Sustainable Interest in a Free House

HGTV to give away an energy-efficient Plymouth cottage

May 19, 2010     Homes & Builders, In The Media

New England had never been the setting for one of HGTV’s home giveaways. So when it came time for the network to select a location for its 2010 Green Home Giveaway, the Pinehills in Plymouth seemed like an ideal spot. The 3,200-acre master planned community is a model of sustainable development.

“What really attracted them to us was the fact that not only would the house be green, so is the area where it’s located,’’ says the aptly named Tony Green, managing partner of the Pinehills. “We only build on 30 percent of land and are based on the concept that for every acre we build on we preserve two.’’

Refining the design of the energy-efficient house was a collaborative effort by HGTV, Green, Mashpee-based architect Walter Yarosh, and Mackenzie Brothers builders, of Marstons Mills. “The house was modeled after the cottage-style homes that were prevalent on Cape Cod during the 1920s,’’ says Yarosh. “Interestingly, those compact, craftsman-style houses of yesteryear were very green. People reused materials — wood from shipwrecks, old buildings — they didn’t waste anything.’’

The 2,100 square-foot shingle-style home has an open floor plan on the first level; two-bedrooms and two baths on the second level; and a third-story loft called “the tower.’’ A wrap-around porch extends the living area.

The design’s main objective was to incorporate energy and water efficiency, indoor environmental quality, and sustainable building practices. The tower, which has glass on all four sides, allows for natural ventilation. “In the summer, you open the tower windows and hot air exits from the lower floors. In the winter, heat comes in and is distributed downstairs,’’ says Yarosh.

Wide overhangs enable windows — made with Low-E4 SmartSun glass that blocks UV rays — to be open in most conditions. Solar panels on the roof, along with an ultra-efficient boiler, soy-based insulation, and Energy Star appliances result in low energy costs.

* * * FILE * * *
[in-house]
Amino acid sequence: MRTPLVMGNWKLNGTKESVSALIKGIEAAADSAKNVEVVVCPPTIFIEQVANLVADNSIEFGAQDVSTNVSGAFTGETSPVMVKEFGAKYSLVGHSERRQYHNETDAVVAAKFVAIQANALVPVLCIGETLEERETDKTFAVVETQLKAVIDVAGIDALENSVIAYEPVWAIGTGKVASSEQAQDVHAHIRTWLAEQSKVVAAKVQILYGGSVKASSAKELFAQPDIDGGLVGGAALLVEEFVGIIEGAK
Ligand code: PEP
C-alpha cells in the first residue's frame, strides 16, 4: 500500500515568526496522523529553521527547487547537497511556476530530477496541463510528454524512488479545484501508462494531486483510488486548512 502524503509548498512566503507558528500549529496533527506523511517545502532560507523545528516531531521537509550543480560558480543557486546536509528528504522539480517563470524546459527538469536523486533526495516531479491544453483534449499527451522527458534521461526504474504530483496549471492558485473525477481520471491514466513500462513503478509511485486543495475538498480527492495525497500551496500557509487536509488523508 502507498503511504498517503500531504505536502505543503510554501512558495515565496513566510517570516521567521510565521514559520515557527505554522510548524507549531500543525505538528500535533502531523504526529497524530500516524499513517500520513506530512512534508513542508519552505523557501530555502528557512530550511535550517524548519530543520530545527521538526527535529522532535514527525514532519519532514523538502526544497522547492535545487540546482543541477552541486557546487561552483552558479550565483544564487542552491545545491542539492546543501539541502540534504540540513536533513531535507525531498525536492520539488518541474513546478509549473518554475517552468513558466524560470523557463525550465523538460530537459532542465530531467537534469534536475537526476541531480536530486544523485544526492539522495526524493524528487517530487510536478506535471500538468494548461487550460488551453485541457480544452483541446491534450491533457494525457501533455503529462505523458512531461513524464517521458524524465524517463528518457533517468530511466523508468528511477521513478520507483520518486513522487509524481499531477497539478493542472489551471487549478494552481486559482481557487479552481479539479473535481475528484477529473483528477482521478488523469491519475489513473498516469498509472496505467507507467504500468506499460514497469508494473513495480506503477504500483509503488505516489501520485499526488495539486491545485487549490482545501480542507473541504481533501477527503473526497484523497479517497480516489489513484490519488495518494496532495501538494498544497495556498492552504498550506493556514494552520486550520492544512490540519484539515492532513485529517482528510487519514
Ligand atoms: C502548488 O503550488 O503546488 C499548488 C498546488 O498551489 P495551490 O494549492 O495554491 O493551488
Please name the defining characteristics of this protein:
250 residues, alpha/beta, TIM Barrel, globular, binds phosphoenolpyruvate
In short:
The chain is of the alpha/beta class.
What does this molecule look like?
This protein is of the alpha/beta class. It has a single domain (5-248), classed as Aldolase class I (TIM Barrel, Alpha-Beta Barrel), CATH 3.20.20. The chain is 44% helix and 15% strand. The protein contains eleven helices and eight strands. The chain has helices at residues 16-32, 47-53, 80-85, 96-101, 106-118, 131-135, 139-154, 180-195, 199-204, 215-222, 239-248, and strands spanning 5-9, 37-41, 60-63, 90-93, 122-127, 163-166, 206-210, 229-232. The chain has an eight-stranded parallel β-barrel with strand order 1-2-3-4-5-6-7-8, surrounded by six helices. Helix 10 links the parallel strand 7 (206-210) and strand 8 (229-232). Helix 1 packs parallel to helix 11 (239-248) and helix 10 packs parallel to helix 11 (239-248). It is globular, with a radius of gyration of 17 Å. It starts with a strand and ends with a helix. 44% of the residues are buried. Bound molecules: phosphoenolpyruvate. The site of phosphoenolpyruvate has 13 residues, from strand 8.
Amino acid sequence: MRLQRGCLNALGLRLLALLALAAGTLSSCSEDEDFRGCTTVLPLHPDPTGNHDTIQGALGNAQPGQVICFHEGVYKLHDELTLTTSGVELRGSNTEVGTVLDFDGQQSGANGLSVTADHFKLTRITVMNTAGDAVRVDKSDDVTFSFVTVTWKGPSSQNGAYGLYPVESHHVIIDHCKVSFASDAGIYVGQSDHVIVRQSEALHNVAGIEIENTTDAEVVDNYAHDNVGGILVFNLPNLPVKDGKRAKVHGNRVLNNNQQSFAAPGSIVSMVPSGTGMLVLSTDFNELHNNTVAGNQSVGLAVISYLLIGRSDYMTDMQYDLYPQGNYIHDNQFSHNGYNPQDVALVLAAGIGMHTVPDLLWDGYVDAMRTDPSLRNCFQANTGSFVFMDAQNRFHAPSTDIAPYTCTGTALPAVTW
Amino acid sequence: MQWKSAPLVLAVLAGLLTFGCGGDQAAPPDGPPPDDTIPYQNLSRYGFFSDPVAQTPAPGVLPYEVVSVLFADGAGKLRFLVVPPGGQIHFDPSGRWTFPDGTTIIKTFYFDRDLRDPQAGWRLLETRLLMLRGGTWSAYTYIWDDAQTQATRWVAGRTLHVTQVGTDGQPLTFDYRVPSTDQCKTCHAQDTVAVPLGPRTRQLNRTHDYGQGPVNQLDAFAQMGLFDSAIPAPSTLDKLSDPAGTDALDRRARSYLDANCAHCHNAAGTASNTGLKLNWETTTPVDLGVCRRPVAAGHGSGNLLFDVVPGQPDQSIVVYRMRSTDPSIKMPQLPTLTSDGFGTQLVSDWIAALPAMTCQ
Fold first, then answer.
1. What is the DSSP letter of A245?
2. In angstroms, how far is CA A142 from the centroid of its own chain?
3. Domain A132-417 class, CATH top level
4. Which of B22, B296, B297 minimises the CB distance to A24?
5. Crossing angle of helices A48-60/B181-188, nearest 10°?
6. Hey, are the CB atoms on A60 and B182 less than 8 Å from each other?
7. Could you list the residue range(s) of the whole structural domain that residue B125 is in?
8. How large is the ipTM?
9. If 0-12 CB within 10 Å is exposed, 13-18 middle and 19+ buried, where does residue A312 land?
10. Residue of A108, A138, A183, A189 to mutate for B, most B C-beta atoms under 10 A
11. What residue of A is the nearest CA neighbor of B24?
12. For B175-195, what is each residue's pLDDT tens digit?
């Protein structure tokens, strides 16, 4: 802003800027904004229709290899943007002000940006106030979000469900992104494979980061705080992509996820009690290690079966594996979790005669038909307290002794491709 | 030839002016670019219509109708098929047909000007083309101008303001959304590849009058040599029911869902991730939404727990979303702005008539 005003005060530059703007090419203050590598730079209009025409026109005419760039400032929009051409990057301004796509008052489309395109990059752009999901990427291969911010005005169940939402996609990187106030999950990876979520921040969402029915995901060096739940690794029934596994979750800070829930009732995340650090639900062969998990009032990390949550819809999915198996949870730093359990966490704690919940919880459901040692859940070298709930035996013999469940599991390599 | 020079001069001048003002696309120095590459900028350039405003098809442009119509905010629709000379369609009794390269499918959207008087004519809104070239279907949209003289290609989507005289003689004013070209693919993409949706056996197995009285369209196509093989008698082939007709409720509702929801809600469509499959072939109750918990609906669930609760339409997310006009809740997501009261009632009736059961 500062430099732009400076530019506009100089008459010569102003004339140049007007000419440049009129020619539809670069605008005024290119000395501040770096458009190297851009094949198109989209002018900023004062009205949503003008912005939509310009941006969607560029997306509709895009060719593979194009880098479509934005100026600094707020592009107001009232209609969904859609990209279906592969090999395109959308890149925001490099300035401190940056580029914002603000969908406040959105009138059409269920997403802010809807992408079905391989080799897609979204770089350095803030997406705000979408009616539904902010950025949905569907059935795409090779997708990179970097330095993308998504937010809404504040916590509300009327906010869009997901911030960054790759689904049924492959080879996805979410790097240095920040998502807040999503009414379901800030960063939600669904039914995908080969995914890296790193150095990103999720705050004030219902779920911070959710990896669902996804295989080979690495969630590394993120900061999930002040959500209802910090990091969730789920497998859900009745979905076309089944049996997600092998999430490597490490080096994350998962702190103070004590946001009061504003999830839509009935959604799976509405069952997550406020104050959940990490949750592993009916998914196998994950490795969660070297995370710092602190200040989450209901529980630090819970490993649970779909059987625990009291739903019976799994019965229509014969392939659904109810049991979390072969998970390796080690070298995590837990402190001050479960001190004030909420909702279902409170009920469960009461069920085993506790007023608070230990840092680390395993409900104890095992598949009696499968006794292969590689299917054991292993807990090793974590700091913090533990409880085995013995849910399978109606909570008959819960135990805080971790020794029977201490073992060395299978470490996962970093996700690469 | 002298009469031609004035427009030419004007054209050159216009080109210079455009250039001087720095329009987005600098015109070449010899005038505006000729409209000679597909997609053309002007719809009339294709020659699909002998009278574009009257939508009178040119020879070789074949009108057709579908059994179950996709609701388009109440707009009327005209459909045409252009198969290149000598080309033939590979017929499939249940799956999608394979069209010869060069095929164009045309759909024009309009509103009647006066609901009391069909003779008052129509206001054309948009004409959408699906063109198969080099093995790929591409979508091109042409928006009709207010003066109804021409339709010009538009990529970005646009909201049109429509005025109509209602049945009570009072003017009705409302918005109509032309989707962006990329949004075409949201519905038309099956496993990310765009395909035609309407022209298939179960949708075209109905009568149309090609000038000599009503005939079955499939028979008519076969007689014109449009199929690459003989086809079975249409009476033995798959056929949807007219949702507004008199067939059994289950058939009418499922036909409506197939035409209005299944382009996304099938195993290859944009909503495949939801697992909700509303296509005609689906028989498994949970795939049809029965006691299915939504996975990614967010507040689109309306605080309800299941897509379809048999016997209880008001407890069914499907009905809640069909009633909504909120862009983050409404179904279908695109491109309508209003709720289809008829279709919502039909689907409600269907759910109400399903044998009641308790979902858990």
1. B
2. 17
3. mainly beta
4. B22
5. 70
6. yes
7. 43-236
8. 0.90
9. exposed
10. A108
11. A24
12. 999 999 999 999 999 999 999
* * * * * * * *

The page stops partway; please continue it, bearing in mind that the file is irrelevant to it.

The house is constructed of locally sourced engineered lumber — salvage wood that has been reassembled. Rainwater is collected from the roof and directed back into ground water through a sand-based drainage system. Rain is also collected in a separate barrel with a spigot and hose connection to be used for landscaping.

The interior of the house is eco-friendly. Designer Linda Woodrum, a 15-year HGTV veteran, was charged with the task of creating a sustainable decor.

“Green can be fun,’’ says Woodrum. “You don’t have to make sacrifices in terms of aesthetics. I wanted the house to be lively and vibrant — appealing to all age groups.’’ Color is abundant. The kitchen island is an intense shade of red, made of Caesarstone, a scratch- and heat-resistant man-made quartz material. The sofa is also red, the carpet is charcoal grey, and goldenrod yellow is prominent in artwork. Furniture upholstery and flooring were made from recycled materials, paints are low VOC, and plumbing fixtures are low flow.

Many furnishings were locally made, including the four-poster master bed crafted from two old doors and other repurposed wood from Plymouth’s Habitat for Humanity ReStore, a chain that sells donated home improvement goods. The living room coffee table was designed by Nantucket artist Audrey Sterk, and the dining table was made out of recycled and antique wood by the Cape’s West Barnstable Tables.

Sited on a 6,000-square-foot lot, the house overlooks a park. “The idea is that the houses in the neighborhood share open space because they don’t have big yards,’’ says Yarosh. “The house is lovely; it shows that you can live in a sustainable home and not give up anything.’’

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